Members of Toronto’s Willowdale neighbourhood have been voicing their concerns after the city approved a drug injection site in the heart of their community.

Community members are contesting a municipal housing initiative at 175 Cummer Ave that would see a drug injection facility for Toronto’s homeless population installed right next to a senior’s home and near several schools. 

This development is part of Toronto’s Modular Housing Initiative – approved by City Council as part of the city’s broader HousingTO 2020-2030 plan.

The initiative is meant to provide “deeply affordable” housing to Toronto’s homeless residents, providing them with services that the city claims will prevent its tenants from ending up back on the streets. The initiative has already built four of these modular buildings across the city.

The 3-storey, 64 unit apartment will provide its tenants with a drug injection site, “personal recovery” from substance use and mental health challenges, help with storage of medication, and eviction prevention, among other services.

“The facility is expected to have special services for its tenants, including assistance with substance use, fetal alcohol supports, withdrawal services, and harm reduction (e.g. safe injection / inhalation, needle supplies, naloxone distribution),” says the Bayview Cummer Neighbourhood Association.

Willowdale’s residents have expressed concern with the housing initiative and the adverse effects the apartment’s residents would have on the neighbouring senior’s home, community safety, and property values. 

In an information document assembled by the city, it is acknowledged that Willowdale’s residents have concerns regarding drug-related crimes, used needles being left on the property’s grounds, and the overall safety of school children and seniors. 

However, the city claims that they do not anticipate any increase in public safety issues, citing the experience that the property managers have in addressing community concerns.

This response did not satisfy many in the community, including the Bayview Cummer Neighbourhood Association who are challenging the development with the Ontario Land Tribunal.

In an early January decision, the tribunal ruled against Willowdale’s residents, arguing that the development is capable of co-existing in harmony with the surrounding community and the neighbouring senior’s home. 

While the City of Toronto claims that they do not anticipate an increase in public safety issues surrounding the apartment complex, True North has found that crime has increased in areas that have already completed their modular housing sites.

The 11 Macey Ave site was opened on December 19, 2020. According to the Toronto Police Service’s major crime indicators data, crime within a one-kilometre radius of the building has risen 15.4% from 2020-2023.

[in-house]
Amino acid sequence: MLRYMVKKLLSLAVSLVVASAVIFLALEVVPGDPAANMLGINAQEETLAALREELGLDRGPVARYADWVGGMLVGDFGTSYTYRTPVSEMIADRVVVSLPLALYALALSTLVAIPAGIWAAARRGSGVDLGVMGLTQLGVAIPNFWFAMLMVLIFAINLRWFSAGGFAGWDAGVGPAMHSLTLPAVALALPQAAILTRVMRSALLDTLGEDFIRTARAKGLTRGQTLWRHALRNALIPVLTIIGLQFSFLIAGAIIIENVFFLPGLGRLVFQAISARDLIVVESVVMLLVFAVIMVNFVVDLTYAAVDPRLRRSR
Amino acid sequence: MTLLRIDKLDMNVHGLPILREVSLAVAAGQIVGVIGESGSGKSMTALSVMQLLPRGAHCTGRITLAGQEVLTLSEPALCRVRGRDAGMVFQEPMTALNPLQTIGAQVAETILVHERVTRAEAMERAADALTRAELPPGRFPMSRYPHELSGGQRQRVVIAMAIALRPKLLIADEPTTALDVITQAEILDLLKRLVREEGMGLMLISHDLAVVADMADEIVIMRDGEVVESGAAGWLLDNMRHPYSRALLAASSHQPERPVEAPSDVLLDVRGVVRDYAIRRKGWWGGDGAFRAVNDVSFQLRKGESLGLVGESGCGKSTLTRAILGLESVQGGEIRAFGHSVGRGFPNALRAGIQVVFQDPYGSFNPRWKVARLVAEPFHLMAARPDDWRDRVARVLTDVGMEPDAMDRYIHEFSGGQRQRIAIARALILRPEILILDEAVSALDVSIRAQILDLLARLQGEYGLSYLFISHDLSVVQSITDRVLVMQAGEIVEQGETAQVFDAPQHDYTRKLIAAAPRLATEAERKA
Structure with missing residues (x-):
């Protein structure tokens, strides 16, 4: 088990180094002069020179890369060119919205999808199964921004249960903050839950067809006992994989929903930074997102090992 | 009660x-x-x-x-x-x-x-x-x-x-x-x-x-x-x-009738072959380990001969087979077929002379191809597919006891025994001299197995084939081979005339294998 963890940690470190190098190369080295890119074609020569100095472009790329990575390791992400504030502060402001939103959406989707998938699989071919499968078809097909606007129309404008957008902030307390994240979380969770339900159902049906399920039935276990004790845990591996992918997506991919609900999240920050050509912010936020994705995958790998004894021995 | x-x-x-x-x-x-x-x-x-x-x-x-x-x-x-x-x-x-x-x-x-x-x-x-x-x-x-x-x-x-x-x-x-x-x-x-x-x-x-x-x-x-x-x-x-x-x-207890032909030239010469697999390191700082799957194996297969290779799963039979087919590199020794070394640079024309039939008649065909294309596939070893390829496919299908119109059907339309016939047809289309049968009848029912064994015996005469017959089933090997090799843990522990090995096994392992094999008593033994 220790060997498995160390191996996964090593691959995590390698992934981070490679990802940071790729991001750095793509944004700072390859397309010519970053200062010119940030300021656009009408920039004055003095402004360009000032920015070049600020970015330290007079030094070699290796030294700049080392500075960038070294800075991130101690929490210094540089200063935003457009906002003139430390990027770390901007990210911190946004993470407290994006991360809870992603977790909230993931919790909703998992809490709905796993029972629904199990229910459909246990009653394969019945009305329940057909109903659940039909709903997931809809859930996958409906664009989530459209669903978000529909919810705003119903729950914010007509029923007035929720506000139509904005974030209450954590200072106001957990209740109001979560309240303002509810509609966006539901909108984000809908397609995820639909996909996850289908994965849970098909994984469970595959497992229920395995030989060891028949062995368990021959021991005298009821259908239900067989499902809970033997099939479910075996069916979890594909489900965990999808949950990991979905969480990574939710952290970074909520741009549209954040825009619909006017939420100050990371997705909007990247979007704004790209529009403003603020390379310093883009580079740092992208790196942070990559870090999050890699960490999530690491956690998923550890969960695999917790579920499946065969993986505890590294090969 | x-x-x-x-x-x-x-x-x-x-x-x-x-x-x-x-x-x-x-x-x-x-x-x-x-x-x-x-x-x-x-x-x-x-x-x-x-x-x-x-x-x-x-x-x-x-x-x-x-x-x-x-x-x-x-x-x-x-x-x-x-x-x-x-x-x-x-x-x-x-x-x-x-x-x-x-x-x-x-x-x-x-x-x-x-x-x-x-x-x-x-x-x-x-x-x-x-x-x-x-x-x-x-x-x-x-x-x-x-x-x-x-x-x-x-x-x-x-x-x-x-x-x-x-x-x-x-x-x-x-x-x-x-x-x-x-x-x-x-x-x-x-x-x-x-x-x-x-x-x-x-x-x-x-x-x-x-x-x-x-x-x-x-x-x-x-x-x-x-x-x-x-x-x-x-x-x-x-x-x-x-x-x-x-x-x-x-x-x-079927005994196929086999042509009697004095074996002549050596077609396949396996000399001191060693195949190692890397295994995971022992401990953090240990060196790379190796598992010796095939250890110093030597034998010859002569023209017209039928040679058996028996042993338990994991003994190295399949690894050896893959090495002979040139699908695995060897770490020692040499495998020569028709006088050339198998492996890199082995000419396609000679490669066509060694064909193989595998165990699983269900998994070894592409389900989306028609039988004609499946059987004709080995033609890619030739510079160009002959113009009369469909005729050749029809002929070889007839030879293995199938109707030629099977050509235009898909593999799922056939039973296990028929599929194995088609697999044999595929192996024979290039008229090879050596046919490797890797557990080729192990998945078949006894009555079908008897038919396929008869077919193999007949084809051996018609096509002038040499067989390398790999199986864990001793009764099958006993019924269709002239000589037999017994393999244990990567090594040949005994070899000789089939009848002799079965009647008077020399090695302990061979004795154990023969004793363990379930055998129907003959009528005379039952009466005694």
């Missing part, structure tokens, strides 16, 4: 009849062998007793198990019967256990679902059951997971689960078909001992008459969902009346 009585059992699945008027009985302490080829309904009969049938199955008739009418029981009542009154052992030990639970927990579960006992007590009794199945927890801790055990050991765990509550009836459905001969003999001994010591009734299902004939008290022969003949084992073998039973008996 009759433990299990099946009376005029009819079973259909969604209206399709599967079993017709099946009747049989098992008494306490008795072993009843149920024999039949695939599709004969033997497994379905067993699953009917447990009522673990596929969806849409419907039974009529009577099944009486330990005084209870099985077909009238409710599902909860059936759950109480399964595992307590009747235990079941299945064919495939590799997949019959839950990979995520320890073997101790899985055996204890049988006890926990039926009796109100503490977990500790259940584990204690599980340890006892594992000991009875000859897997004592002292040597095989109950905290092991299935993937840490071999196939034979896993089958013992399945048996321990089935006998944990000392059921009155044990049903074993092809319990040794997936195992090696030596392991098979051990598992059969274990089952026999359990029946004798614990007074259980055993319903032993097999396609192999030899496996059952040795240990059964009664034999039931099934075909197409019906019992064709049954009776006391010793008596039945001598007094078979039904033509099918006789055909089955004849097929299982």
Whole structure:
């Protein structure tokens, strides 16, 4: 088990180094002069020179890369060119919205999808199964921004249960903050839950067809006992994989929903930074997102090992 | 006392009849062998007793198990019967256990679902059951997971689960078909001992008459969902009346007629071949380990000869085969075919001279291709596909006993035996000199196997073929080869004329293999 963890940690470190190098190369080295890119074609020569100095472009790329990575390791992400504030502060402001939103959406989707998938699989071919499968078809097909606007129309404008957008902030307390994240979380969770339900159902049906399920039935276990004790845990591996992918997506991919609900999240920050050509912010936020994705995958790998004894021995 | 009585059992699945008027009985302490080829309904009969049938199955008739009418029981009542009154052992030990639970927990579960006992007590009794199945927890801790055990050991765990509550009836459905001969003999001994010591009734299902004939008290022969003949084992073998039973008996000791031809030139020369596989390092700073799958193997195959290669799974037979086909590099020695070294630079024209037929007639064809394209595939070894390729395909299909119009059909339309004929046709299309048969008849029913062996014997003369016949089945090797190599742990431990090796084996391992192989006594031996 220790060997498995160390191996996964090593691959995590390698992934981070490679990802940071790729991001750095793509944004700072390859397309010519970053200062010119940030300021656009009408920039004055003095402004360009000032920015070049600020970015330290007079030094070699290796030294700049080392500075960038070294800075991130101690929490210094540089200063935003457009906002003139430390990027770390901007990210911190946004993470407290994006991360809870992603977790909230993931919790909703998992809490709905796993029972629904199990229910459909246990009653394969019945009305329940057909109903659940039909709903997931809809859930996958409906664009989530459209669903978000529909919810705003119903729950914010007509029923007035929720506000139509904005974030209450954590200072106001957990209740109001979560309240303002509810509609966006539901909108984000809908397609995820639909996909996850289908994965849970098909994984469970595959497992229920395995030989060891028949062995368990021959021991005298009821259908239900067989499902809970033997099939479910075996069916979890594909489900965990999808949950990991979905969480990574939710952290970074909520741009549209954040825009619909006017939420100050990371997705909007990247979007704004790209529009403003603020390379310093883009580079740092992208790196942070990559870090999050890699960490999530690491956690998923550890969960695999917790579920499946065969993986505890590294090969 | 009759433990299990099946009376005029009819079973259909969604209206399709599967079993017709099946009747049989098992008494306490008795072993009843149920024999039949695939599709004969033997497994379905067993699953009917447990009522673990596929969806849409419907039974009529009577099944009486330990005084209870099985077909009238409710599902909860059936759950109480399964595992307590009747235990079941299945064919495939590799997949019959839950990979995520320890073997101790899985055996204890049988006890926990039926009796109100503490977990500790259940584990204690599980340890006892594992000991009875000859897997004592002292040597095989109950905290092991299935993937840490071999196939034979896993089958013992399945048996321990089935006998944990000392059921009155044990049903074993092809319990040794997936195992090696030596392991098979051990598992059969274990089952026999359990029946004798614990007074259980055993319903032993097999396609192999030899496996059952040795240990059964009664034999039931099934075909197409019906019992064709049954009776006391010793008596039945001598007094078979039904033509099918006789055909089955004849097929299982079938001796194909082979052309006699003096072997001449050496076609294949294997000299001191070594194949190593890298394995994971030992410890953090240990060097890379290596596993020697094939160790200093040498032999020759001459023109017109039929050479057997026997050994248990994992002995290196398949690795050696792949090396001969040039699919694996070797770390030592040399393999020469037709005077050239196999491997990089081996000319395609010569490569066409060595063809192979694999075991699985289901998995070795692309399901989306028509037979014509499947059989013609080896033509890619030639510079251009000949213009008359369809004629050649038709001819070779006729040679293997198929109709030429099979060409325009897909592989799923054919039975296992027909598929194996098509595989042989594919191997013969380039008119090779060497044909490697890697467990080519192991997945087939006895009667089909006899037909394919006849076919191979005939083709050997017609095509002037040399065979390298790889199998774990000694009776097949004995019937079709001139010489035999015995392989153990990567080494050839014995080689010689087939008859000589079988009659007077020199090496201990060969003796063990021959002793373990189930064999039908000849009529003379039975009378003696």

Within a one-kilometre radius from the 321 Dovercourt Rd site opened on January 28, 2021, crime increased by 16.2% from 2020-2023. 

Similarly, at the 540 Cedarvale Ave site opened sometime in 2022, the community has seen a 20.7% increase in crime from 2021-2023.

Meanwhile, the 39 Dundalk Dr site opened sometime in 2023, has seen a 20.6% increase in crime from 2022-2023.

Jeff Yang, a long-time member of the Willowdale community and a nominee for the Conservative Party of Canada’s Willowdale nomination race told True North that so-called harm reduction is a failed policy and that the city ought to stop shelling out millions of dollars on drug injection sites.

“Harm reduction is a failed policy to address the drug issue that our cities are facing,” said Yang.

“Deaths from drugs in Ontario have doubled since 2016. These are not just numbers, but victims of a failed and reckless experiment. The city needs to stop pushing these harm reduction aka drug injection sites and the federal government also needs to stop spending over $21M per year in funding these drug injection sites.”

Yang urged the Ontario government to push for a treatment and rehabilitation model of drug recovery and warned that the opening of the 175 Cummer Ave site can lead to a senior getting hurt.

“The Ontario government will need to further push treatment and rehabilitation without the failed harm reduction. Disagree with me all you want, but the rising number of victims don’t lie. Many people, including the seniors, also have an issue with this because it’s being built next to a long term care facility and a large senior housing area. The last thing I want to see is someone drugged up and under the influence hurting a senior.”